Schenk's Greenway. One of the city's newest parks, Schenk's meanders along McIntire Road near the McIntire Recycling Center and features Art in Place. It will eventually connect with McIntire Park on the north side of the 250 bypass.

Charlottesville Skateboard Park. This park is in transition during the Meadow Creek interchange construction and temporarily resides in McIntire Park. Eventually, plans call for it to take over two acres of the McIntire Park— where the wading pool and playground once were— and become one of the most state-of-the-art skate parks on the East Coast. In the meantime, the temporary park is open from 4 to 9pm weekdays, and noon to 9pm on weekends. Helmets (required) and pads are available to those who need them and liability waivers are required.

Darden Towe Memorial Park: This beautiful park by the Rivanna is known in some circles as "the dog park," for good reason. In addition to the park's three softball fields, four multi-purpose fields for soccer, lacrosse, and football, and four tennis courts, a small part of the park's 110 acres is fenced to allow dogs to frolic and owners to socialize. Visitors also enjoy access to the Rivanna River and a picnic shelter with electricity, open grills, and seats for up to 50 people for a $55 fee. Darden Towe, on Route 20 North/Stony Point Road, is open year round from 7am-dark.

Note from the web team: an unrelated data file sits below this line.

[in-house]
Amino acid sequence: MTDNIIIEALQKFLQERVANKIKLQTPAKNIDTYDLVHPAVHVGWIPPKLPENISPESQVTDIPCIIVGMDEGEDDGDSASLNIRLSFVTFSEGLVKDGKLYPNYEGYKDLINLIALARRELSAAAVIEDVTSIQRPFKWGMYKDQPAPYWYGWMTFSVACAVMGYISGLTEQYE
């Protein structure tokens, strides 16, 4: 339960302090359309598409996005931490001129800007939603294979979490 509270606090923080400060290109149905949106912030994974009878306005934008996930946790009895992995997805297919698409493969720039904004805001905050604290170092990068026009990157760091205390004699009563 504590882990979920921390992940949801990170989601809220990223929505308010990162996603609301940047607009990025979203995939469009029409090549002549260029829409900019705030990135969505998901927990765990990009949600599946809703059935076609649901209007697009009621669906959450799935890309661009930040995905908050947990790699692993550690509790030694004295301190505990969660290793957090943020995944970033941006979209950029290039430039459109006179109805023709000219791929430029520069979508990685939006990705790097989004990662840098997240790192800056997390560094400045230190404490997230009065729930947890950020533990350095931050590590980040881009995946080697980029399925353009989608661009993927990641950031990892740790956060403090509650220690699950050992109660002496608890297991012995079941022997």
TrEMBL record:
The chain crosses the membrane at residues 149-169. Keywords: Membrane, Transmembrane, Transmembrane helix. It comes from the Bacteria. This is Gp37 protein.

Ivy Creek Natural Area: Managed by the Ivy Creek Foundation, this gorgeous 215-acre natural area offers seven miles of walking trails, but with a strict set of rules that prohibits pets, jogging, hunting, and collecting specimens. The volunteer Ivy Creek Foundation provides nature programs throughout the year. Members of the Monticello Bird Club lead monthly bird walks through the area while members of the Virginia Native Plant Society lead a plant walk on the third Saturday of every month. Off Earlysville Road near the Reservoir. 

Ragged Mountain Natural Area: Another paradise for sturdy hikers, Ragged Mountain offers beautiful but somewhat challenging trails– but is currently closed because of construction of a new dam. A variety of trees presumably will survive the clearing, including mature oak, hickory, poplar, pine, and maple that surround the 980-acre park's two lakes along four miles of total shoreline. Once reopened, trekkers should allow at least two to three hours to complete the somewhat treacherous seven-mile hike around the area's perimeter. The trail ascends 850 feet into the Ragged Mountains. In order to protect the wildlife, water quality, and serenity of the Ragged Mountain Reservoir, no dogs, jogging and running, bikes, collecting, horses, hunting, swimming, and camping are allowed. Located off Reservoir Road beyond the Fontaine Avenue exit from the 250 Bypass, the Natural Area is open 7am-dusk.